Food for Gold Bulls: Three Reasons Gold Could Be Set to Rebound
Food for Gold Bulls: Three Reasons Gold Could Be Set to Rebound from Schiff Gold
Gold fell about 3% through the first half of August, dropping below the key $1,200 support level. But a report by the World Gold Council released this week lists three key fundamental and technical reasons the gold price may well rebound in the near future.
- An unusually short market
- Financial market uncertainty remains
- Natural buyers may step in
As the WGC points out, dollar strength has been the primary driver behind gold over the last several months. The perception that the US will win the trade war, the anticipation of further Federal Reserve tightening and rate hike policy delays by both the European Central Bank and the Bank of Japan have boosted the greenback.
Peter Schiff has been saying that dollar strength simply isn’t going to last and that everybody betting on the US winning the trade war is wrong. There is also political pressure on the Fed to ease up on rate hikes. But even with dollar strength, the World Gold Councils sees some reasons for investors to be bullish on gold.
An Unusually Short Market
Speculative positioning in gold is increasingly short. CME managed money net long positions stand at lows not seen since 2006. Net combined speculative positions, which go back further, are negative for the first time since December 2001. As the WGC points out, in recent years, a large increase in short positions has been followed by a sharp rally in gold.
According to the WGC report, net shorts were more prevalent in previous decades, but there have been structural changes that make these positioning levels
different and likely short-lived.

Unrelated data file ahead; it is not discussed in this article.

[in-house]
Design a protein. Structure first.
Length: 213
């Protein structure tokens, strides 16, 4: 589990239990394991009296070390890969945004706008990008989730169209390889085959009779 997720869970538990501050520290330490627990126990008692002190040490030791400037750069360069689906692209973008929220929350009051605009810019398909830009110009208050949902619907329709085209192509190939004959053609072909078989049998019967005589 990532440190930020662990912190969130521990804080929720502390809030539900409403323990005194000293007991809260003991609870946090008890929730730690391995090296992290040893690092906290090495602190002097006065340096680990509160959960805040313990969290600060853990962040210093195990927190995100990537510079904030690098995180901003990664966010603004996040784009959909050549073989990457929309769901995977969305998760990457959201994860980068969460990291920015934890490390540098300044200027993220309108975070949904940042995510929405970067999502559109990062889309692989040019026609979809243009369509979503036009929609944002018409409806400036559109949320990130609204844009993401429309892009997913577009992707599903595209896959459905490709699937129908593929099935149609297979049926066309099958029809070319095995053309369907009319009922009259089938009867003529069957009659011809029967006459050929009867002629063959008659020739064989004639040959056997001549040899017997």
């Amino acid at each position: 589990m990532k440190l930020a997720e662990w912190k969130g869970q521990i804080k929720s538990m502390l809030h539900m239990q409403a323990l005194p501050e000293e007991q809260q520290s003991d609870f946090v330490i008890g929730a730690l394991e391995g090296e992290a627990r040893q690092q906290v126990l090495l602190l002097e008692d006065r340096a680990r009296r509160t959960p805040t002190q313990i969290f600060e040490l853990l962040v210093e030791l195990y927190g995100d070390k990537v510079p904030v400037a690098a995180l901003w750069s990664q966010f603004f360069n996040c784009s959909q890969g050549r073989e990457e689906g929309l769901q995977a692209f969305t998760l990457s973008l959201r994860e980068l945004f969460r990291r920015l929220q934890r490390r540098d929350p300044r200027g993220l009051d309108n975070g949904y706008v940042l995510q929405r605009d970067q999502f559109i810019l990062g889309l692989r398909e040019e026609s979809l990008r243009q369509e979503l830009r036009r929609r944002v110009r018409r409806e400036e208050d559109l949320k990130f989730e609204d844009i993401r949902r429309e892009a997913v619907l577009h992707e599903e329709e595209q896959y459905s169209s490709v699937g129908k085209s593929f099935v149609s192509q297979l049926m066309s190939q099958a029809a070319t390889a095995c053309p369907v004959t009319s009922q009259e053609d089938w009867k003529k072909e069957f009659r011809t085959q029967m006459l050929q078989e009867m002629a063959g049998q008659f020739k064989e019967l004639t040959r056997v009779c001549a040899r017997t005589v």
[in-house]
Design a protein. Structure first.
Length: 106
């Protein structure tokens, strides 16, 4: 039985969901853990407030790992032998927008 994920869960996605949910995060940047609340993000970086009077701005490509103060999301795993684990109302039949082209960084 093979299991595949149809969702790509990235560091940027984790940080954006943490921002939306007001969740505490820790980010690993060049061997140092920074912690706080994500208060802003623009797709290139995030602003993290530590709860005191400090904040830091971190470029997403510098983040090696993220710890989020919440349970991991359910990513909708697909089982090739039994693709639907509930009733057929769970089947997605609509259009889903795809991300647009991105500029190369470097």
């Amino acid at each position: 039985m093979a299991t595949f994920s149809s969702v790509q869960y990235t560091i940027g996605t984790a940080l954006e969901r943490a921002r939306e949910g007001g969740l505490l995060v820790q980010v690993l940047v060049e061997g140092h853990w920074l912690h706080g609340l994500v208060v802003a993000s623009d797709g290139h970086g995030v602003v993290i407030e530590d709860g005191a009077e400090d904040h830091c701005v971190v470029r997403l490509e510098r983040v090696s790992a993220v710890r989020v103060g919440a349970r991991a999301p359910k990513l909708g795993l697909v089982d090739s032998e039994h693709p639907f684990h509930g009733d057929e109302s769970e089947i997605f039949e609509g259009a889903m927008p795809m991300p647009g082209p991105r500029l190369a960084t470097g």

- Economic development in emerging markets has diversified and increased gold’s consumer base.
- The expansion of EM foreign reserves has resulted in net gold demand by central banks.
- Gold production hedging has changed dramatically, reducing forward sales and de-hedging cumulative positions.
- The opportunity cost of holding gold is lower with lower real interest rates.
Continued Financial Market Risk
Despite all of the bullishness on the stock market in the US, the WGC sees plenty of market risk globally. As it points out, gold has already allowed non-US investors to hedge risks associated with a depreciating currency – for example, the euro, Chinese yuan and the Turkish lira. The WGC lists a number of reasons investors should be wary.
- The current US expansion is the second-longest in history. It has delivered the longest stock bull market in modern times, pushing valuations to multi-year highs while real rates remain subdued. We’re due for a crash.
- Trade war – expanding or maintaining sanctions for a longer period will likely damage global growth.
- Developed market economies are “heating up” bringing on the threat of inflation. As we have said repeatedly, inflation is good for gold.
- There is a risk of a Brexit spillover effect in the European economies.
Natural Gold Buyers May Step In
As we’ve been saying, gold is on sale. Lower prices will likely spark some demand.
Gold’s recent price pullback will likely support consumer demand as, historically, lower prices have increased jewelry buying. For investors, gold’s current price range may offer an attractive entry level.”
We’ve already seen signs of this. The Chinese are buying gold.
The rise in investment demand in Q2 has been linked in part to the depreciation of the yuan, as gold is often used as a currency hedge. This trend has continued into Q3 with increasing volumes in Shanghai and robust inflows in Chinese-listed ETFs over recent weeks.”
The World Gold Council Concludes that a period of heightened geopolitical risk with the potential to impact the global economy could be supportive of gold even with continued dollar strength – and as Peter has shown, continued dollar strength seems unlikely.
Gold could trade lower if the US dollar increases its strength, but in the light of positioning in US, and increased interest from buyers in China and India, the risks seem skewed towards a recovery.”